Push to Raise Smoking Age to 21 in Hartford - NECN
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Push to Raise Smoking Age to 21 in Hartford

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    Push to Raise Smoking Age to 21 in Hartford

    Community leaders are hoping Hartford will become one of the first cities to raise the smoking age.

    (Published Monday, Oct. 15, 2018)

    You have to be 21 years old to legally drink, but how about 21 to smoke? Community leaders are hoping Hartford will become one of the first cities to raise the smoking age.

    Some doctors and lawmakers are all for it, but Hartford business owners are not happy.

    "We're seeing more and more vaping," said Dr. Seth Lapuk, of Connecticut Children's Medical Center.

    He says Hartford should raise the legal age for the sale and distribution of tobacco from 18 to 21.

    "There is strong evidence that you do not start smoking by 18 years old, there is a 90 plus percent chance that you will never start smoking," he said.

    Hartford would be the first city in Connecticut to go above the current state law requiring people to be at least 18.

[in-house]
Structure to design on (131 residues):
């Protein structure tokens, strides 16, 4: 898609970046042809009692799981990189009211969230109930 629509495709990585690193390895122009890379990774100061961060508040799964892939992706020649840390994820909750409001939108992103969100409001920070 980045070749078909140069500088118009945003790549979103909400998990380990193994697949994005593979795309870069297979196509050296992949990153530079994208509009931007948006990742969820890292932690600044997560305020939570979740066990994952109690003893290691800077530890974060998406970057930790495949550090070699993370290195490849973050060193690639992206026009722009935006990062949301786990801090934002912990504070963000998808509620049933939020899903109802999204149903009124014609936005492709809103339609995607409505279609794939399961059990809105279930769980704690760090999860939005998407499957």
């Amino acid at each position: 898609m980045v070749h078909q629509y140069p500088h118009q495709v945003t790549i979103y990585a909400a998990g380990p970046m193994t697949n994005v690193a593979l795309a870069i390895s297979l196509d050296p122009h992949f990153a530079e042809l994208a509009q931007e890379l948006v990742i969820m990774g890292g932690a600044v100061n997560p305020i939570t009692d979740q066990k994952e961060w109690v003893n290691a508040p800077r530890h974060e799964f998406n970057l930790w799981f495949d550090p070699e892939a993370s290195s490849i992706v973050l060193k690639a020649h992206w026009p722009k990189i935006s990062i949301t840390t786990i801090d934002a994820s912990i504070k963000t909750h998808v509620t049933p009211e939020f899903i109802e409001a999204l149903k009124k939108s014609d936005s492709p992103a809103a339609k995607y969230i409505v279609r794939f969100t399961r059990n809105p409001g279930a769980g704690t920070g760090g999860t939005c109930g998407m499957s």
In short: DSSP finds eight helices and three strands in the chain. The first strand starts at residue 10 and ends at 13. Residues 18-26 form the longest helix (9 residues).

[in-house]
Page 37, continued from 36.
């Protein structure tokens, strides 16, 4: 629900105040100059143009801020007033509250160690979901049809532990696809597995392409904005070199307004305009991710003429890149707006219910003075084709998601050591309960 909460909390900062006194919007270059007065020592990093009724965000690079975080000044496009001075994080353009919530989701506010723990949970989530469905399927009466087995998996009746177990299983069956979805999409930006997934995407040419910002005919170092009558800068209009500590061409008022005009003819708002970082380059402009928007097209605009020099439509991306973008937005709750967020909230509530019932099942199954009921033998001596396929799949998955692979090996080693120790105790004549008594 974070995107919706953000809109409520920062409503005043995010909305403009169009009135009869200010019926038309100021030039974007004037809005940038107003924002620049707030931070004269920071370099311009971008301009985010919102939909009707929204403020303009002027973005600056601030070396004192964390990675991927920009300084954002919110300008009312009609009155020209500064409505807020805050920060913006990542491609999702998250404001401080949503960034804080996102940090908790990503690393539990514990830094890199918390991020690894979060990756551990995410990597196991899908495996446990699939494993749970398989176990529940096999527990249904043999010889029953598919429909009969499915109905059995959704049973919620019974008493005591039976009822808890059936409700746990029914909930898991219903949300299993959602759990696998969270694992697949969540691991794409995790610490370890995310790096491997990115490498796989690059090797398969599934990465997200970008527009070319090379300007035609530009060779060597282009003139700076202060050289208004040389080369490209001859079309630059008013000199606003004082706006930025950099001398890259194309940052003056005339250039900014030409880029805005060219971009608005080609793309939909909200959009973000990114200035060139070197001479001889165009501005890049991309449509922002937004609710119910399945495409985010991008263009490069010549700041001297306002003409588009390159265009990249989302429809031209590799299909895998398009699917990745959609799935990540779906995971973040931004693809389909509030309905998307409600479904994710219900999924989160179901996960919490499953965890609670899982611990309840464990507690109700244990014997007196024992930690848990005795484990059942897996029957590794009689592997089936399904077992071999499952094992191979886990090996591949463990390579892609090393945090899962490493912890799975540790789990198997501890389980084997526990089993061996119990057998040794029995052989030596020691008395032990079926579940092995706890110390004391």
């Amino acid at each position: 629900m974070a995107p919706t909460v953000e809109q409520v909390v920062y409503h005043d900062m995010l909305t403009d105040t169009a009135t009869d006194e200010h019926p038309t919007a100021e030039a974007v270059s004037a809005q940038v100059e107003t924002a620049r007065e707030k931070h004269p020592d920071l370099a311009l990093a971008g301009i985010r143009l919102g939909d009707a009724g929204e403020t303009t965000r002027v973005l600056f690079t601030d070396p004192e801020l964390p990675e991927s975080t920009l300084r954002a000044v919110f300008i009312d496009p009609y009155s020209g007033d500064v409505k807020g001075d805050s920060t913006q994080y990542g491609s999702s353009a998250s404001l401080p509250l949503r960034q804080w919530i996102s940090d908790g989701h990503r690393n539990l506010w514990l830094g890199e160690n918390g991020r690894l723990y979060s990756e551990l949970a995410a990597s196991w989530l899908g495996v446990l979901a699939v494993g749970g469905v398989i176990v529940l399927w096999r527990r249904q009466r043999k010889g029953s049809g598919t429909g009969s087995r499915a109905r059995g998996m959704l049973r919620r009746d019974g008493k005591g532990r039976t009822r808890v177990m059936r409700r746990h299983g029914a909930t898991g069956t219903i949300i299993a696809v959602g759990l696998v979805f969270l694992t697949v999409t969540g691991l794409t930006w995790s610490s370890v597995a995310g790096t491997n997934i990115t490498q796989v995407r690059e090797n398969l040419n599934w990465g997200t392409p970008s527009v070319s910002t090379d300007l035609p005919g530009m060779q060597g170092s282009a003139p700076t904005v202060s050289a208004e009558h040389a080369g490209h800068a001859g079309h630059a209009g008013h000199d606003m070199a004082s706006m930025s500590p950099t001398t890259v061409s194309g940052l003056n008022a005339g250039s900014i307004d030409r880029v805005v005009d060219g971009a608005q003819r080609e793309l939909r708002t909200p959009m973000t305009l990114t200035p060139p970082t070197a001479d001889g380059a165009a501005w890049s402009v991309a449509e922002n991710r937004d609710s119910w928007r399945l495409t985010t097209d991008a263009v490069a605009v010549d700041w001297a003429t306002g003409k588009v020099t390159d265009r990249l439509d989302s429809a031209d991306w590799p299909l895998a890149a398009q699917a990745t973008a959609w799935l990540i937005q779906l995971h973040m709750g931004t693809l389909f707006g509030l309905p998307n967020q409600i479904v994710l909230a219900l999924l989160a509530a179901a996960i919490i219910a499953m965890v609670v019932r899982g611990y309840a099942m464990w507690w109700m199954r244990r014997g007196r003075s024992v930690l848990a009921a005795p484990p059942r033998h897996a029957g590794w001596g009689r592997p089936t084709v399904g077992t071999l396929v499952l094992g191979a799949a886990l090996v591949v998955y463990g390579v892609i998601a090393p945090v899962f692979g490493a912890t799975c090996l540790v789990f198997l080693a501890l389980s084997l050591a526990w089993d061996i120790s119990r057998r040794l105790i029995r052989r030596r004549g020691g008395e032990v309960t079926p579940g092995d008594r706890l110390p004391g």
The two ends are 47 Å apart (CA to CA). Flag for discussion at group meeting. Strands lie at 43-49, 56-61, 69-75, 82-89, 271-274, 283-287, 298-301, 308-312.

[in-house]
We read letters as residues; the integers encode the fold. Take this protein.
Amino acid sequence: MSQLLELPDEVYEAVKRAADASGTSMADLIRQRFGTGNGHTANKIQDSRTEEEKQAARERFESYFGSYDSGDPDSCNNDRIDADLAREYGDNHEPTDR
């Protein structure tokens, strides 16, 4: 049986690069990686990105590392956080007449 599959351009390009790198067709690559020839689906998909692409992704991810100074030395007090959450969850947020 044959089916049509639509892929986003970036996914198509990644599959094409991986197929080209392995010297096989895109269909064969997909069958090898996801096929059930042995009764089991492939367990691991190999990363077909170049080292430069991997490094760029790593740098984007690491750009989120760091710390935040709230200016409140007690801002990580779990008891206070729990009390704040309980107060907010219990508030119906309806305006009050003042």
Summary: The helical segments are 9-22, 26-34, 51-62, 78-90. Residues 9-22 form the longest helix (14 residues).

"I think that's a good idea," said parent Betta Redman.

    "People who want to smoke, they're going to smoke," said Jennifer Malse, of West Hartford.

    Residents and business owners like Sam Rayyshi will have a chance to weigh in on the issue at a public hearing on Monday.

    "It's designed to make everyone stop smoking, but they should do the whole state, not just the city of Hartford," he said.

    Rayyshi thinks the proposed change is unfair to him.

    "We'll lose more business. People just go out of the city to buy it," he said.

    Hartford City Council member Dr. Larry Deutsch says it's a matter of public health.

    "I understand it's a shame in a sense. On the other hand, if they want to sell to those who are over 21, this would not stop them from doing that," he said.

    He says something needs to be done to combat the e-cigarette and vaping epidemic.

    "It's targeted to young people, especially minorities and Hartford is primarily Latino and African-American, and targeting them and making them sicker," he added.

    Cities and towns in other states have passed similar laws. Deutsch says the hope is if Hartford does it, the state will follow.